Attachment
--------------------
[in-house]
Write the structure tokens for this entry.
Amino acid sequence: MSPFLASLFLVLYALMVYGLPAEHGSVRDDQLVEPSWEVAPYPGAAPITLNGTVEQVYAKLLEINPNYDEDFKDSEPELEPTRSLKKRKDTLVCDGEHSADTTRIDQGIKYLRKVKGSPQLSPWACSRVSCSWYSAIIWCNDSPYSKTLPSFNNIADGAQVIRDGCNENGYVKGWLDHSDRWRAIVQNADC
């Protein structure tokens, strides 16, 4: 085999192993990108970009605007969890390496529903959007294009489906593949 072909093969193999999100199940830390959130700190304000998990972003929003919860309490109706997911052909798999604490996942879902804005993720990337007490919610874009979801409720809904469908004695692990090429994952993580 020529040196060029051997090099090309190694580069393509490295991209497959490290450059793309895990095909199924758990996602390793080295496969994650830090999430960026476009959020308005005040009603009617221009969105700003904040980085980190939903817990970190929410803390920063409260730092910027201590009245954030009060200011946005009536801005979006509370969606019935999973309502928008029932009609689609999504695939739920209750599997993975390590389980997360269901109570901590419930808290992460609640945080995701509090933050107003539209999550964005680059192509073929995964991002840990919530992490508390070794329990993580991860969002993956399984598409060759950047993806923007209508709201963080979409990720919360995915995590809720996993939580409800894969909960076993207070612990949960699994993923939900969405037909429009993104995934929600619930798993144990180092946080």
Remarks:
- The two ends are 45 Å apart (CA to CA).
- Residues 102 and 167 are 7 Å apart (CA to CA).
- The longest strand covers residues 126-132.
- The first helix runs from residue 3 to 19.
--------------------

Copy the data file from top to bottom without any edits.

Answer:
[in-house]
Write the structure tokens for this entry.
Amino acid sequence: MSPFLASLFLVLYALMVYGLPAEHGSVRDDQLVEPSWEVAPYPGAAPITLNGTVEQVYAKLLEINPNYDEDFKDSEPELEPTRSLKKRKDTLVCDGEHSADTTRIDQGIKYLRKVKGSPQLSPWACSRVSCSWYSAIIWCNDSPYSKTLPSFNNIADGAQVIRDGCNENGYVKGWLDHSDRWRAIVQNADC
């Protein structure tokens, strides 16, 4: 085999192993990108970009605007969890390496529903959007294009489906593949 072909093969193999999100199940830390959130700190304000998990972003929003919860309490109706997911052909798999604490996942879902804005993720990337007490919610874009979801409720809904469908004695692990090429994952993580 020529040196060029051997090099090309190694580069393509490295991209497959490290450059793309895990095909199924758990996602390793080295496969994650830090999430960026476009959020308005005040009603009617221009969105700003904040980085980190939903817990970190929410803390920063409260730092910027201590009245954030009060200011946005009536801005979006509370969606019935999973309502928008029932009609689609999504695939739920209750599997993975390590389980997360269901109570901590419930808290992460609640945080995701509090933050107003539209999550964005680059192509073929995964991002840990919530992490508390070794329990993580991860969002993956399984598409060759950047993806923007209508709201963080979409990720919360995915995590809720996993939580409800894969909960076993207070612990949960699994993923939900969405037909429009993104995934929600619930798993144990180092946080």
Remarks:
- The two ends are 45 Å apart (CA to CA).
- Residues 102 and 167 are 7 Å apart (CA to CA).
- The longest strand covers residues 126-132.
- The first helix runs from residue 3 to 19.